Depression (and anxiety) is 2-3 times more common in those suffering from migraines than in people without migraines.
Depression is not caused by migraines because patients who develop depression first are 2-3 times more likely to develop migraines than people without depression.
It is likely that abnormalities in the function of certain brain chemicals (serotonin, norepinephrine and other) that cause one condition predispose people to develop the other one as well.
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It appears that treatments that work for depression can help with migraines as well. We have always advised our patients that one of the best preventive treatments for migraines is to engage in aerobic exercise for 20-30 minutes five days a week.
Possible reasons why this treatment works include relief of stress, improved blood circulation in the brain and the release of endorphins – natural painkilling substances. We did not have scientific studies to prove that we were right, but the majority of patients who followed this advice improved.
Now we have a scientific study that indirectly supports this treatment. The study by James Blumenthal and his colleagues, published in the journal Psychosomatic Medicine, included 202 men and women who were diagnosed with major depression.
They were randomly assigned to one of four groups: one that worked out in a supervised, group setting three times per week; one that exercised at home; one that took the antidepressant sertraline (Zoloft); and one that took placebo pills.
After 16 weeks 47 percent of patients on the antidepressant recovered from depression. The same was true of 45 percent of those in the supervised exercise group and 40% in the home-based exercise group. In the placebo group 31 percent of patients improved.
The bottom line – exercise can help your depression and your migraine headaches.
Alexander Mauskop MD, FAAN, Associate Professor of Neurology at SUNY – Downstate Medical Center, is the Director and founder of the New York Headache Center. Dr. Mauskop is board-certified in Neurology with subspecialty certification in Headache Medicine. He has delivered over 400 scientific presentations and lectures and is a reviewer for the New England Journal of Medicine, Neurology, Headache, and several other medical journals. For the past 21 years, has been the Director of an annual educational symposium for physicians. Over 200 doctors from around the world have visited the New York Headache Center to learn advanced treatment techniques.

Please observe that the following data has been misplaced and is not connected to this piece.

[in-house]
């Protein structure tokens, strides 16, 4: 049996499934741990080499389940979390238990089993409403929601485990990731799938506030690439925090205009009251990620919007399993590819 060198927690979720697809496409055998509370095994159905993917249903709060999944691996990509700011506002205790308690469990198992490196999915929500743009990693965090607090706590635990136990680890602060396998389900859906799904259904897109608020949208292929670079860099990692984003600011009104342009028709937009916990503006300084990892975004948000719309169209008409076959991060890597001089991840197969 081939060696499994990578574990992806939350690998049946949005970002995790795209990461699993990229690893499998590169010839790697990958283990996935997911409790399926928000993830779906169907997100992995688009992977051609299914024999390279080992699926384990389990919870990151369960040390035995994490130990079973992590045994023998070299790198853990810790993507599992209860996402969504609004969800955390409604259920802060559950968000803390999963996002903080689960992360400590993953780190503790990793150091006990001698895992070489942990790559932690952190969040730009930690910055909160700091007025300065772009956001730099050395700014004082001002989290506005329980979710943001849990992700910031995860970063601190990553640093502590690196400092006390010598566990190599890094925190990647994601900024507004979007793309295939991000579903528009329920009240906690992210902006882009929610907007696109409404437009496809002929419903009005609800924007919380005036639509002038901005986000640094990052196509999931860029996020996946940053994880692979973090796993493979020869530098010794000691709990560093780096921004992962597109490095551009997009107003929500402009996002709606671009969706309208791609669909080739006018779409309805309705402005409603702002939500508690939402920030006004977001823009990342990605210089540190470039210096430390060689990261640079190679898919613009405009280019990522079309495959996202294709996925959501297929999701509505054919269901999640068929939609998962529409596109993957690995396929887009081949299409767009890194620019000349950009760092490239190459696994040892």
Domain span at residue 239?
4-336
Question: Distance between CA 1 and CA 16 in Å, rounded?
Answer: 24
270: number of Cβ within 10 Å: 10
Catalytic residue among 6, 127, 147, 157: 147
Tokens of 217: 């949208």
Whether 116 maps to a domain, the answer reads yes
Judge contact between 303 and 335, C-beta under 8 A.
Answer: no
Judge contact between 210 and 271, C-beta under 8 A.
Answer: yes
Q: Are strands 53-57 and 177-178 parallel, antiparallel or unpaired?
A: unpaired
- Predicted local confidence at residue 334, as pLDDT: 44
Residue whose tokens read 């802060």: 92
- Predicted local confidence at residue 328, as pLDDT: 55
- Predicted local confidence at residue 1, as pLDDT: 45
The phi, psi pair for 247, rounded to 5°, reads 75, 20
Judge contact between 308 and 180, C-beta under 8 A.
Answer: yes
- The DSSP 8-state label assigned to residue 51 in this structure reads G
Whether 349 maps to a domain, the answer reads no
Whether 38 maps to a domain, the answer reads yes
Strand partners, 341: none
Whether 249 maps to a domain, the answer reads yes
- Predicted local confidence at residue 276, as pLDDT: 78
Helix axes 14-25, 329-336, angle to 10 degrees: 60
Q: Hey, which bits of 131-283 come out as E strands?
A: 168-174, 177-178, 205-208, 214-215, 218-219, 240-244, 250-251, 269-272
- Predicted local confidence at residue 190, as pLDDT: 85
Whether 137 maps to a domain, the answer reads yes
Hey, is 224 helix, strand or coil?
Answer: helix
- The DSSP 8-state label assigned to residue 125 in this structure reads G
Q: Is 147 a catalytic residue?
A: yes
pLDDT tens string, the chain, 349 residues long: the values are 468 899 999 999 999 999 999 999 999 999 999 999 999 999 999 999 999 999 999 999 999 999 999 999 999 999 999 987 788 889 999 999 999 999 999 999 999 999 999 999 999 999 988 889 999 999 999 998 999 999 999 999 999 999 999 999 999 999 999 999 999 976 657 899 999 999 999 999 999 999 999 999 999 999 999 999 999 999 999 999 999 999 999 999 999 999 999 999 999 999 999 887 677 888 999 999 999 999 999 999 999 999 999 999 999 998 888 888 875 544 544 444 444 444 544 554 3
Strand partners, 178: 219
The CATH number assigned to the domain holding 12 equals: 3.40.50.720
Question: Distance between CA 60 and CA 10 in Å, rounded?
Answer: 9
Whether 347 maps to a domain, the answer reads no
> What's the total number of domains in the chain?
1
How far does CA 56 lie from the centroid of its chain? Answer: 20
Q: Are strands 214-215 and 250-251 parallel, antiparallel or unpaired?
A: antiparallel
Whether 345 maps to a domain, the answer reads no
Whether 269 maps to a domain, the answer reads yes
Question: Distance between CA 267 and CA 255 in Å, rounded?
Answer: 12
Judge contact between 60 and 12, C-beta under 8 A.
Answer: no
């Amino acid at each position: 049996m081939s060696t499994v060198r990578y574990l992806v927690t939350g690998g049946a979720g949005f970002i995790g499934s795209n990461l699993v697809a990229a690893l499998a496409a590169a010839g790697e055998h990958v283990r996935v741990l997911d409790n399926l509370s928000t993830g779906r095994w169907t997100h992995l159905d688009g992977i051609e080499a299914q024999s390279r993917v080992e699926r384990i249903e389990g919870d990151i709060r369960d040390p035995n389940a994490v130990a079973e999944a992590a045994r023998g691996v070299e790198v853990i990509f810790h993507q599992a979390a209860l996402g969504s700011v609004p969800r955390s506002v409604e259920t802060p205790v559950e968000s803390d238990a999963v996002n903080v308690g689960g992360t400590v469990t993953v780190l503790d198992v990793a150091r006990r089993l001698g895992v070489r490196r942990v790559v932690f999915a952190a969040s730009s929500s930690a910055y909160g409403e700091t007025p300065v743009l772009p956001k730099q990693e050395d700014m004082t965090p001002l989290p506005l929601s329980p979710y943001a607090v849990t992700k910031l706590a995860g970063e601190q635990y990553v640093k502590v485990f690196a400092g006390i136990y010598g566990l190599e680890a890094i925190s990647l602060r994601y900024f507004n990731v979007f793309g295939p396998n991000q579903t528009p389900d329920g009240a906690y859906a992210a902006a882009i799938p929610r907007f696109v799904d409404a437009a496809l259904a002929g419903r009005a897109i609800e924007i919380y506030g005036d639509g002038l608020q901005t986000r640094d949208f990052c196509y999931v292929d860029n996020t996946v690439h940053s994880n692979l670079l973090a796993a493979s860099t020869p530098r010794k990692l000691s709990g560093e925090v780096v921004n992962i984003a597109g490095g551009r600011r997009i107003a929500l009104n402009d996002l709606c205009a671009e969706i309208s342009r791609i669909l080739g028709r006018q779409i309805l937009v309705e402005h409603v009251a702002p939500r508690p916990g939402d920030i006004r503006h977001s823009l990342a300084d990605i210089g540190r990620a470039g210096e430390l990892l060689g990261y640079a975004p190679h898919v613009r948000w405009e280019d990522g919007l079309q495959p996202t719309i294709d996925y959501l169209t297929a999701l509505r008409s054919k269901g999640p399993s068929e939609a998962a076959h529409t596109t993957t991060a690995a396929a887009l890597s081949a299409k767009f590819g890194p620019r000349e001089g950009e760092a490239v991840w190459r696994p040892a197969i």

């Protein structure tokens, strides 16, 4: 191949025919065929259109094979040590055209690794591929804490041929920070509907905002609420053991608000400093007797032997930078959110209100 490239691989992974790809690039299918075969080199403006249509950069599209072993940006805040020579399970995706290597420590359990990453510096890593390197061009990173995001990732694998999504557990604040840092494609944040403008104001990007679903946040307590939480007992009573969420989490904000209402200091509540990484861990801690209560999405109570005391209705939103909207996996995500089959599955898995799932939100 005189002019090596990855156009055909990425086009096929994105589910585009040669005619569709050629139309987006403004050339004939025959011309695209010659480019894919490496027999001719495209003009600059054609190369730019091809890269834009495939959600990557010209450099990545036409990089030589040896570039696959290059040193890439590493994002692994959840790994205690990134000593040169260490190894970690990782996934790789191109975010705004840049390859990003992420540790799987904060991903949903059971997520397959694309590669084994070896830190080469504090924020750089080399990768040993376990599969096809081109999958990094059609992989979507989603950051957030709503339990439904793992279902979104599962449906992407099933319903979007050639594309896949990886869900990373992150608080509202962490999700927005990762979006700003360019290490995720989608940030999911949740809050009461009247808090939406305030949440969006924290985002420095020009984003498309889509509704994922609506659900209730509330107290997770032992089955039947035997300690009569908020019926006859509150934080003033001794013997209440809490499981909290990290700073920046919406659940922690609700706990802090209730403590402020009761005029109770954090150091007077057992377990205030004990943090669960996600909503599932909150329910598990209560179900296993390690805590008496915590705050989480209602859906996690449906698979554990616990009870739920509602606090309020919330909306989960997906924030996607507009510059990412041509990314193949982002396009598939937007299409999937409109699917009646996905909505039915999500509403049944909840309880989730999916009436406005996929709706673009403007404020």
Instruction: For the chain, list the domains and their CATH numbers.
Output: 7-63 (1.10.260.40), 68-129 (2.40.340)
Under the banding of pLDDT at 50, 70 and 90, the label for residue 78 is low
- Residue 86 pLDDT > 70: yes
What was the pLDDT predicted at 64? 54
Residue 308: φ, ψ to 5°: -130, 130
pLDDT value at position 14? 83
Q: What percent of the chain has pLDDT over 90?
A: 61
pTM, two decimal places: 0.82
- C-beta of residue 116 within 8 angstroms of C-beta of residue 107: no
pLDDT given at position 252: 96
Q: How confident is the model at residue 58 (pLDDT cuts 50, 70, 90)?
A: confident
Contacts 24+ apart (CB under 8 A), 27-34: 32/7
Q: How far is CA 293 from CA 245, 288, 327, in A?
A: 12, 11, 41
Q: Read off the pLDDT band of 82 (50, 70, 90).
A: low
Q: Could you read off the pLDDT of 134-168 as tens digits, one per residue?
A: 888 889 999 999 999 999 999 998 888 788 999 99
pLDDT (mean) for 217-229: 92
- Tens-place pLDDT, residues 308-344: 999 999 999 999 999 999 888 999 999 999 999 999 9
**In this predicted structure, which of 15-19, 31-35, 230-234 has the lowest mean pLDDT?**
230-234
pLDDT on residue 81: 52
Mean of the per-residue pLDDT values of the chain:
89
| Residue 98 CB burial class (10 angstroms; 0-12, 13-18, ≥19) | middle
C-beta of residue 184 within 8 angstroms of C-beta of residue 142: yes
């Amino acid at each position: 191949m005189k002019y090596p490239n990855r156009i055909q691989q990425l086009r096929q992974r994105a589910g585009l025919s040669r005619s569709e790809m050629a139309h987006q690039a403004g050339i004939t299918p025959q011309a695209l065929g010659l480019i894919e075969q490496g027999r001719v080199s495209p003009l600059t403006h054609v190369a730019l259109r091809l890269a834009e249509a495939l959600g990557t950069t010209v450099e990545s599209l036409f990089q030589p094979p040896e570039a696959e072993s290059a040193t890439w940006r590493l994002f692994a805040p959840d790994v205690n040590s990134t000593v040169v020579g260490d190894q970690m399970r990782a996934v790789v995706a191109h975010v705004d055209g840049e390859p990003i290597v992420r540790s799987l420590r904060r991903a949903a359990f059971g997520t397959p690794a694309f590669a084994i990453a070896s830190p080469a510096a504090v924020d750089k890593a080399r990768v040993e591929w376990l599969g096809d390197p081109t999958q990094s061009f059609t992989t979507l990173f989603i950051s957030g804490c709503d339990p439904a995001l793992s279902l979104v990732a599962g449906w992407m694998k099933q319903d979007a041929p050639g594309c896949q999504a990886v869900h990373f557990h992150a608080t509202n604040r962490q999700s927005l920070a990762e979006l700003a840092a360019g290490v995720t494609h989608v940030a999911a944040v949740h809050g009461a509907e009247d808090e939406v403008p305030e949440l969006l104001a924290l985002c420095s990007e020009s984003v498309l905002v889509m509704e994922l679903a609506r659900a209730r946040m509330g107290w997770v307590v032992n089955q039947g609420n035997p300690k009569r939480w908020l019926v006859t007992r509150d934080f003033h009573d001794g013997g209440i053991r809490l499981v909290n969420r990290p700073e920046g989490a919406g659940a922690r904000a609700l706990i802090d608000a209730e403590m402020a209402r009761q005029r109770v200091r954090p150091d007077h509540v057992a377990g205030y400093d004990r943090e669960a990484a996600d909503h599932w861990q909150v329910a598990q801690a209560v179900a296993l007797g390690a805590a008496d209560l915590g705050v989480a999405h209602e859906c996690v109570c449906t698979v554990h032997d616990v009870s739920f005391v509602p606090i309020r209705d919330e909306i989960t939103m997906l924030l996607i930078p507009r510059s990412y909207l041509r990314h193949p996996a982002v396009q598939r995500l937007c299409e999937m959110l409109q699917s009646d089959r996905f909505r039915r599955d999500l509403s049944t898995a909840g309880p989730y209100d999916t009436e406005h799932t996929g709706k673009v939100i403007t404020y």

Dr. Mauskop is the author of Migraine and Headache (Oxford American Pain Library) and What Your Doctor May Not Tell You About Migraines: The Breakthrough Program That Can Help End Your Pain.
He has repeatedly been chosen as one of New York magazine’s Best Doctors in New York, as one of New York Times Magazine’s, “Super Doctors” and as Castle and Connolly’s “Best Doctors”. Dr. Mauskop has appeared on television shows including Tom Brokaw’s News Hour, Extra, and PBS specials, and he has been featured in Vogue, O Magazine, and many other publications. He has given lectures at the medical schools of Cornell, Harvard, Columbia, NYU and Dartmouth, and at the Mayo Clinic and Cleveland Clinic.
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